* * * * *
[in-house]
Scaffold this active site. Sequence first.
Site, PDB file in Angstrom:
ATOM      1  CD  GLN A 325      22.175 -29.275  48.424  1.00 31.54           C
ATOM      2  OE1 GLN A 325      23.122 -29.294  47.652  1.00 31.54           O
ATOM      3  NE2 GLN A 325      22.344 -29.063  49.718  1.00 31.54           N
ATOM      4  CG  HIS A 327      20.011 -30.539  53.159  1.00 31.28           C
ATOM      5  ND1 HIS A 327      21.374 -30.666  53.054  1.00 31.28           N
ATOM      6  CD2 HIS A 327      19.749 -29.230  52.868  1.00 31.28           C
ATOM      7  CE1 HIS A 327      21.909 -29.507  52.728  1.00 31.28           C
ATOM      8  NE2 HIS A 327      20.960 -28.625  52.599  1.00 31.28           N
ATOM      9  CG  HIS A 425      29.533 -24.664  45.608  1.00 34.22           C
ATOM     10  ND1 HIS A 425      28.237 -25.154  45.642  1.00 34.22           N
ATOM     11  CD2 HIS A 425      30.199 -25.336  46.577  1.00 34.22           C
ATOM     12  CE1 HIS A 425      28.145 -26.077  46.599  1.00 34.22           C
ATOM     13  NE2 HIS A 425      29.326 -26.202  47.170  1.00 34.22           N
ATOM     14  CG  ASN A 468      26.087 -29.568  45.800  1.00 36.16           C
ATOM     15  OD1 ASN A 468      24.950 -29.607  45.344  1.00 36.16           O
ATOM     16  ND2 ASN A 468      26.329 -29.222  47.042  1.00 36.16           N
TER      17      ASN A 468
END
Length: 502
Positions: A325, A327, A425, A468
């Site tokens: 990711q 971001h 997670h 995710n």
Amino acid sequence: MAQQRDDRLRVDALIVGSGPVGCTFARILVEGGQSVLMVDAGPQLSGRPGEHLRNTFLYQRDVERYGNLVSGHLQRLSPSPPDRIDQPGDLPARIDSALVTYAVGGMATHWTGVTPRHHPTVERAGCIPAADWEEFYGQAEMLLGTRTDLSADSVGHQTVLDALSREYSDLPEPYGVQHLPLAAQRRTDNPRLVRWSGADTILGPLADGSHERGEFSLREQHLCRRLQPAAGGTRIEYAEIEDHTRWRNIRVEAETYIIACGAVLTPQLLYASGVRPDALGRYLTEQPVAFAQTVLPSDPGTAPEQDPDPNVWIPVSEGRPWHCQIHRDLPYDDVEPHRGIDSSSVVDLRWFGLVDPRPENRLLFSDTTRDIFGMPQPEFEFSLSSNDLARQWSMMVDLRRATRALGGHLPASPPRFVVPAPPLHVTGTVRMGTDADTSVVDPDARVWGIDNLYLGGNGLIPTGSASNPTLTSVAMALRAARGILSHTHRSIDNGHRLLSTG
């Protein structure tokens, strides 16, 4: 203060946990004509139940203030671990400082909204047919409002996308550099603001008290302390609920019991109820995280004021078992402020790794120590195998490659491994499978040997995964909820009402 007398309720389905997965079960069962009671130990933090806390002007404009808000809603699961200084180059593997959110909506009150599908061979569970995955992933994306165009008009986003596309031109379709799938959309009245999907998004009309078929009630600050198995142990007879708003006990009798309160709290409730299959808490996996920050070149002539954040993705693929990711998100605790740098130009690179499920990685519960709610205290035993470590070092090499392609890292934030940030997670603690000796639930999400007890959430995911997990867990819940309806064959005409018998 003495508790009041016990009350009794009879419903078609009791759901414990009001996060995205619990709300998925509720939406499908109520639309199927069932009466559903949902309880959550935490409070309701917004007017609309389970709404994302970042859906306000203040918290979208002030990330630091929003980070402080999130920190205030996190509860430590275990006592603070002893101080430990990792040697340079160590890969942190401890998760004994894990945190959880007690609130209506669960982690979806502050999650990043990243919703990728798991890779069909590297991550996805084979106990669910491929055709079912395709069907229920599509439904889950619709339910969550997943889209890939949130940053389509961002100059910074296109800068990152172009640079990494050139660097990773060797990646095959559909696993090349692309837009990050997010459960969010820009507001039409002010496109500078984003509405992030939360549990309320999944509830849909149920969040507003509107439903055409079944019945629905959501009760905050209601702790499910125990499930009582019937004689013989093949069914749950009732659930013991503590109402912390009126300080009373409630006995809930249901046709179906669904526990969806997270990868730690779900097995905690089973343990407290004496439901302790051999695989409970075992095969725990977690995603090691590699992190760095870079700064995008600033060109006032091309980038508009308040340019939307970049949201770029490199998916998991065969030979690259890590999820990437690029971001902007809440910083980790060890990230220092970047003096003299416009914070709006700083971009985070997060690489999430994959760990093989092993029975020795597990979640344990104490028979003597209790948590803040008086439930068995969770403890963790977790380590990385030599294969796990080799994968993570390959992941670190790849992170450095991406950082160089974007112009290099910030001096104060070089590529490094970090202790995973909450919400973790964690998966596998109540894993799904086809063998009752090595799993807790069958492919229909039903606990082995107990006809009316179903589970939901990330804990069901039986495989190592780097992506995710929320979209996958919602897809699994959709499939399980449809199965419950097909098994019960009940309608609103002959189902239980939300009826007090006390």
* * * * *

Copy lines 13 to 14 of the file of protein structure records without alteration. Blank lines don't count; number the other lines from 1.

ATOM     10  ND1 HIS A 425      28.237 -25.154  45.642  1.00 34.22           N
ATOM     11  CD2 HIS A 425      30.199 -25.336  46.577  1.00 34.22           C